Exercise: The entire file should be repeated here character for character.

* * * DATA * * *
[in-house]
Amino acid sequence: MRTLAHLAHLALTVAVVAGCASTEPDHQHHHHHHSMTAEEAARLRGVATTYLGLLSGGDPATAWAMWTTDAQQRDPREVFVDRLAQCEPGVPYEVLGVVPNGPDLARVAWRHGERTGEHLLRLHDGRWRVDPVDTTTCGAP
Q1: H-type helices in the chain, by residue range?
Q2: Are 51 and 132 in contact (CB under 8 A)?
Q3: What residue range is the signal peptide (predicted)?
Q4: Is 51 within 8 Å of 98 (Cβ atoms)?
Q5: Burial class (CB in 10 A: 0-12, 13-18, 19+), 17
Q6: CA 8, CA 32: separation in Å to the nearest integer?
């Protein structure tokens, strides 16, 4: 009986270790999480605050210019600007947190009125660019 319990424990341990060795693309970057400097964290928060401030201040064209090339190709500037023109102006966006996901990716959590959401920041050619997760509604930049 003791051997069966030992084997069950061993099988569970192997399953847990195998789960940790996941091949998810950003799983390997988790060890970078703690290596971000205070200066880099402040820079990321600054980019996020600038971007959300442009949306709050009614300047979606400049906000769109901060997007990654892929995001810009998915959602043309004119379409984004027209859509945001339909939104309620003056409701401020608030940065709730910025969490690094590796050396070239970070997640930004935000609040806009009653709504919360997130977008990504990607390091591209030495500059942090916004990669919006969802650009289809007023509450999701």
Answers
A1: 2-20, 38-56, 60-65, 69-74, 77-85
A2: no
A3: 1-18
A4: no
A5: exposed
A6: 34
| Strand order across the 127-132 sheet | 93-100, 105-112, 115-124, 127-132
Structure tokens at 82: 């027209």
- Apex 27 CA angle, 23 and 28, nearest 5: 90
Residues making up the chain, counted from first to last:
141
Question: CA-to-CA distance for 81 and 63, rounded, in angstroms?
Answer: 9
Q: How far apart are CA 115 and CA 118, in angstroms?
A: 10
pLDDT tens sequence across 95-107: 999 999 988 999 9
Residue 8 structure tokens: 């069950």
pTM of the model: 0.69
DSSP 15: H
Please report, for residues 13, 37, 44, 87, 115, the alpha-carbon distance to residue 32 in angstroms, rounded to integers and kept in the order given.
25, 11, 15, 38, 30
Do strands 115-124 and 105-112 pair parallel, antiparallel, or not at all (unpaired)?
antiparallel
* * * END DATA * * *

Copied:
[in-house]
Amino acid sequence: MRTLAHLAHLALTVAVVAGCASTEPDHQHHHHHHSMTAEEAARLRGVATTYLGLLSGGDPATAWAMWTTDAQQRDPREVFVDRLAQCEPGVPYEVLGVVPNGPDLARVAWRHGERTGEHLLRLHDGRWRVDPVDTTTCGAP
Q1: H-type helices in the chain, by residue range?
Q2: Are 51 and 132 in contact (CB under 8 A)?
Q3: What residue range is the signal peptide (predicted)?
Q4: Is 51 within 8 Å of 98 (Cβ atoms)?
Q5: Burial class (CB in 10 A: 0-12, 13-18, 19+), 17
Q6: CA 8, CA 32: separation in Å to the nearest integer?
């Protein structure tokens, strides 16, 4: 009986270790999480605050210019600007947190009125660019 319990424990341990060795693309970057400097964290928060401030201040064209090339190709500037023109102006966006996901990716959590959401920041050619997760509604930049 003791051997069966030992084997069950061993099988569970192997399953847990195998789960940790996941091949998810950003799983390997988790060890970078703690290596971000205070200066880099402040820079990321600054980019996020600038971007959300442009949306709050009614300047979606400049906000769109901060997007990654892929995001810009998915959602043309004119379409984004027209859509945001339909939104309620003056409701401020608030940065709730910025969490690094590796050396070239970070997640930004935000609040806009009653709504919360997130977008990504990607390091591209030495500059942090916004990669919006969802650009289809007023509450999701």
Answers
A1: 2-20, 38-56, 60-65, 69-74, 77-85
A2: no
A3: 1-18
A4: no
A5: exposed
A6: 34
| Strand order across the 127-132 sheet | 93-100, 105-112, 115-124, 127-132
Structure tokens at 82: 């027209």
- Apex 27 CA angle, 23 and 28, nearest 5: 90
Residues making up the chain, counted from first to last:
141
Question: CA-to-CA distance for 81 and 63, rounded, in angstroms?
Answer: 9
Q: How far apart are CA 115 and CA 118, in angstroms?
A: 10
pLDDT tens sequence across 95-107: 999 999 988 999 9
Residue 8 structure tokens: 């069950």
pTM of the model: 0.69
DSSP 15: H
Please report, for residues 13, 37, 44, 87, 115, the alpha-carbon distance to residue 32 in angstroms, rounded to integers and kept in the order given.
25, 11, 15, 38, 30
Do strands 115-124 and 105-112 pair parallel, antiparallel, or not at all (unpaired)?
antiparallel